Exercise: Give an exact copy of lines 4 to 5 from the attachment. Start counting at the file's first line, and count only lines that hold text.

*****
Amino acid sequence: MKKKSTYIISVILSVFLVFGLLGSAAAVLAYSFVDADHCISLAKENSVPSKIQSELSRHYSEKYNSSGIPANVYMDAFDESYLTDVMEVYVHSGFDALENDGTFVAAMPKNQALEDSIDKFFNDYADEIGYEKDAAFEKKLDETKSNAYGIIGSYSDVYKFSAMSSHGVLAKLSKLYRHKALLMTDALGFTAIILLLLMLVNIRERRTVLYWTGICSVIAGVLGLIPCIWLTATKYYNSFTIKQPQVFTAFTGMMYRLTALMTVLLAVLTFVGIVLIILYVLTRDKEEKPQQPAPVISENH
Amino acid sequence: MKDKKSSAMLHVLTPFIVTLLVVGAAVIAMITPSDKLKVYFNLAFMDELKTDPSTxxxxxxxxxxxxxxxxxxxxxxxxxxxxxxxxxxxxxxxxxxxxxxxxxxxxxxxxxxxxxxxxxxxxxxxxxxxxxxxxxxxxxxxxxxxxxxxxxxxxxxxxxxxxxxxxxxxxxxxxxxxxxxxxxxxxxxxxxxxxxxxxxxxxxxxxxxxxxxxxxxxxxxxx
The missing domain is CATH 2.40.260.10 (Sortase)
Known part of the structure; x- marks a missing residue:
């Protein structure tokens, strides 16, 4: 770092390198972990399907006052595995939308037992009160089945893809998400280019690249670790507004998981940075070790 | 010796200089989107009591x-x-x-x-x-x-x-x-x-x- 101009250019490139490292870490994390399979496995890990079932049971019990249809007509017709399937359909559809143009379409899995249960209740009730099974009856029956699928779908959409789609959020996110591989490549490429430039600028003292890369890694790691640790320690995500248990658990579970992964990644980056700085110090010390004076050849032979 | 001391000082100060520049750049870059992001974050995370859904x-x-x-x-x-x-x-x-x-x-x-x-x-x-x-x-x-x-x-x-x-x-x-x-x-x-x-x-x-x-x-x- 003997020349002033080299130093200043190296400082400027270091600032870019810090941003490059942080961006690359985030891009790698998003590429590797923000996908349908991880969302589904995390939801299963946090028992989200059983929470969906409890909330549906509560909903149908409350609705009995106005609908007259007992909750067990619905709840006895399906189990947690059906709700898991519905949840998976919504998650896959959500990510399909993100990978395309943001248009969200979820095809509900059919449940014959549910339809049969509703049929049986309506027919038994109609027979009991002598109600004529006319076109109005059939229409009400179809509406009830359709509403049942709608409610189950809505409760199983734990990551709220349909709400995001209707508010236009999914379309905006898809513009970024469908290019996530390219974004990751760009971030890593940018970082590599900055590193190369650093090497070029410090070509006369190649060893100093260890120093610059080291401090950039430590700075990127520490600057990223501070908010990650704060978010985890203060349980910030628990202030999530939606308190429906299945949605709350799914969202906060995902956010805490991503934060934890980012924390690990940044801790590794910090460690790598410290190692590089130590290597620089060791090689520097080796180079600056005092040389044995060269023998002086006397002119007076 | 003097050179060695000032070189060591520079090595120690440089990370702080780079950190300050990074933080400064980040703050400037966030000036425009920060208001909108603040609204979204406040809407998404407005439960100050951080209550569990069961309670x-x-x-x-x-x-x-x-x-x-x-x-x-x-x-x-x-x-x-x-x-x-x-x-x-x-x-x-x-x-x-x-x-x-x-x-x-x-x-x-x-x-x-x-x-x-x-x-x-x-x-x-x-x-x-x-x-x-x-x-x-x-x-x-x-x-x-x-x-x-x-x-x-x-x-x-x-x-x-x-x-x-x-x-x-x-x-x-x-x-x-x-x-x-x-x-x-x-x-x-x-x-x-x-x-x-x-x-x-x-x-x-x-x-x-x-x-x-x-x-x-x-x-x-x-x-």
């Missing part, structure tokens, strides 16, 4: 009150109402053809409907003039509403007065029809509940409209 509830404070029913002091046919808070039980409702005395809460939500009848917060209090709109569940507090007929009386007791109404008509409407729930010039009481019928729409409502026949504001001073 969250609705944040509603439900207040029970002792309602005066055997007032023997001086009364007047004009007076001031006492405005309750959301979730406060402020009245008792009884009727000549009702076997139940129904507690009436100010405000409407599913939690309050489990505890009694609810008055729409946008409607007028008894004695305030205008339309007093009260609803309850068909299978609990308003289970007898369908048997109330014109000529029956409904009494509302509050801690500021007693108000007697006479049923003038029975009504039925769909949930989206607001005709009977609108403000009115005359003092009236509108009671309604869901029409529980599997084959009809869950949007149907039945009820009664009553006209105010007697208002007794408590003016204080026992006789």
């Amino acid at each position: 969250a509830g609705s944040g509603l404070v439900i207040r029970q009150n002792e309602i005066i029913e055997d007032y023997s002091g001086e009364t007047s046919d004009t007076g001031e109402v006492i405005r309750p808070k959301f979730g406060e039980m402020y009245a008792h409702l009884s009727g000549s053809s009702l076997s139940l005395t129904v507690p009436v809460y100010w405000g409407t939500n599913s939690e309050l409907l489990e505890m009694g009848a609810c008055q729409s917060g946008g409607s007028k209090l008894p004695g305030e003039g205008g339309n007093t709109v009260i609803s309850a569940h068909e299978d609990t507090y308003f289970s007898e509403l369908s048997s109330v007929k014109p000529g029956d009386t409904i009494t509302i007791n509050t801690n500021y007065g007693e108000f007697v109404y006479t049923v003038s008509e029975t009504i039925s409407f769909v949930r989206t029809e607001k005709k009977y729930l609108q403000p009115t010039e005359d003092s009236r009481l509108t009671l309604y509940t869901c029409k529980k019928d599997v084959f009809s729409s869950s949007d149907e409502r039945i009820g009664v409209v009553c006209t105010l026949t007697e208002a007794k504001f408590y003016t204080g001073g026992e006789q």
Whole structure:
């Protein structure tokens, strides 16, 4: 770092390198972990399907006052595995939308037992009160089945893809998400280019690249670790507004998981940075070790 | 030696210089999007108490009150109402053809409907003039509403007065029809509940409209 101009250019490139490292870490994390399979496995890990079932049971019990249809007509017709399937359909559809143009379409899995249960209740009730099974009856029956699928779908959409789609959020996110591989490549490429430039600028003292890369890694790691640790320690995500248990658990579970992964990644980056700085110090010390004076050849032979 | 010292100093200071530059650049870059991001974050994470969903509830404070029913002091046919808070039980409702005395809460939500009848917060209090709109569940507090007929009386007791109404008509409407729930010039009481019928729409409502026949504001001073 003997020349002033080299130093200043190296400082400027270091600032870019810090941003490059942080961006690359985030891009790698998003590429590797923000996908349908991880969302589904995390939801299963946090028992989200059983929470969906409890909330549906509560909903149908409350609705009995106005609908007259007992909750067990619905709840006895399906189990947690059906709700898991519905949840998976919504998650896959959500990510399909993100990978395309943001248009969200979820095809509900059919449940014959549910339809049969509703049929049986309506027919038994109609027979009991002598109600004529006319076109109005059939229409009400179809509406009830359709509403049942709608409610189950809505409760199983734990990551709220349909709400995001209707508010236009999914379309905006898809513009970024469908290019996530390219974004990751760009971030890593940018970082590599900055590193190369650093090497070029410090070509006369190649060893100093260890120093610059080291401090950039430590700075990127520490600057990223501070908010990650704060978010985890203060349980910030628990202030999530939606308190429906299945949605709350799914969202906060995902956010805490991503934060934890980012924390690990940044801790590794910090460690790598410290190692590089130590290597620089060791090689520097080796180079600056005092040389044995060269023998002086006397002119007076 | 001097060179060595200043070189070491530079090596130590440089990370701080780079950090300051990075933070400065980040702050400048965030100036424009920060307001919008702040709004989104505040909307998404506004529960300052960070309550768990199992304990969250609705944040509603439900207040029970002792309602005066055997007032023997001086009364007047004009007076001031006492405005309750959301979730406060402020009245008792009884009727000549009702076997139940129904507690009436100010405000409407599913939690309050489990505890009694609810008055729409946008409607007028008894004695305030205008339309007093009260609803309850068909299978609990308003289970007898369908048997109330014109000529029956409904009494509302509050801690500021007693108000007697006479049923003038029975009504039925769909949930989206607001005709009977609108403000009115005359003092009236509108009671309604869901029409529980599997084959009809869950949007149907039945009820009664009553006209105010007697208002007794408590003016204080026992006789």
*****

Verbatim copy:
Known part of the structure; x- marks a missing residue:
């Protein structure tokens, strides 16, 4: 770092390198972990399907006052595995939308037992009160089945893809998400280019690249670790507004998981940075070790 | 010796200089989107009591x-x-x-x-x-x-x-x-x-x- 101009250019490139490292870490994390399979496995890990079932049971019990249809007509017709399937359909559809143009379409899995249960209740009730099974009856029956699928779908959409789609959020996110591989490549490429430039600028003292890369890694790691640790320690995500248990658990579970992964990644980056700085110090010390004076050849032979 | 001391000082100060520049750049870059992001974050995370859904x-x-x-x-x-x-x-x-x-x-x-x-x-x-x-x-x-x-x-x-x-x-x-x-x-x-x-x-x-x-x-x- 003997020349002033080299130093200043190296400082400027270091600032870019810090941003490059942080961006690359985030891009790698998003590429590797923000996908349908991880969302589904995390939801299963946090028992989200059983929470969906409890909330549906509560909903149908409350609705009995106005609908007259007992909750067990619905709840006895399906189990947690059906709700898991519905949840998976919504998650896959959500990510399909993100990978395309943001248009969200979820095809509900059919449940014959549910339809049969509703049929049986309506027919038994109609027979009991002598109600004529006319076109109005059939229409009400179809509406009830359709509403049942709608409610189950809505409760199983734990990551709220349909709400995001209707508010236009999914379309905006898809513009970024469908290019996530390219974004990751760009971030890593940018970082590599900055590193190369650093090497070029410090070509006369190649060893100093260890120093610059080291401090950039430590700075990127520490600057990223501070908010990650704060978010985890203060349980910030628990202030999530939606308190429906299945949605709350799914969202906060995902956010805490991503934060934890980012924390690990940044801790590794910090460690790598410290190692590089130590290597620089060791090689520097080796180079600056005092040389044995060269023998002086006397002119007076 | 003097050179060695000032070189060591520079090595120690440089990370702080780079950190300050990074933080400064980040703050400037966030000036425009920060208001909108603040609204979204406040809407998404407005439960100050951080209550569990069961309670x-x-x-x-x-x-x-x-x-x-x-x-x-x-x-x-x-x-x-x-x-x-x-x-x-x-x-x-x-x-x-x-x-x-x-x-x-x-x-x-x-x-x-x-x-x-x-x-x-x-x-x-x-x-x-x-x-x-x-x-x-x-x-x-x-x-x-x-x-x-x-x-x-x-x-x-x-x-x-x-x-x-x-x-x-x-x-x-x-x-x-x-x-x-x-x-x-x-x-x-x-x-x-x-x-x-x-x-x-x-x-x-x-x-x-x-x-x-x-x-x-x-x-x-x-x-």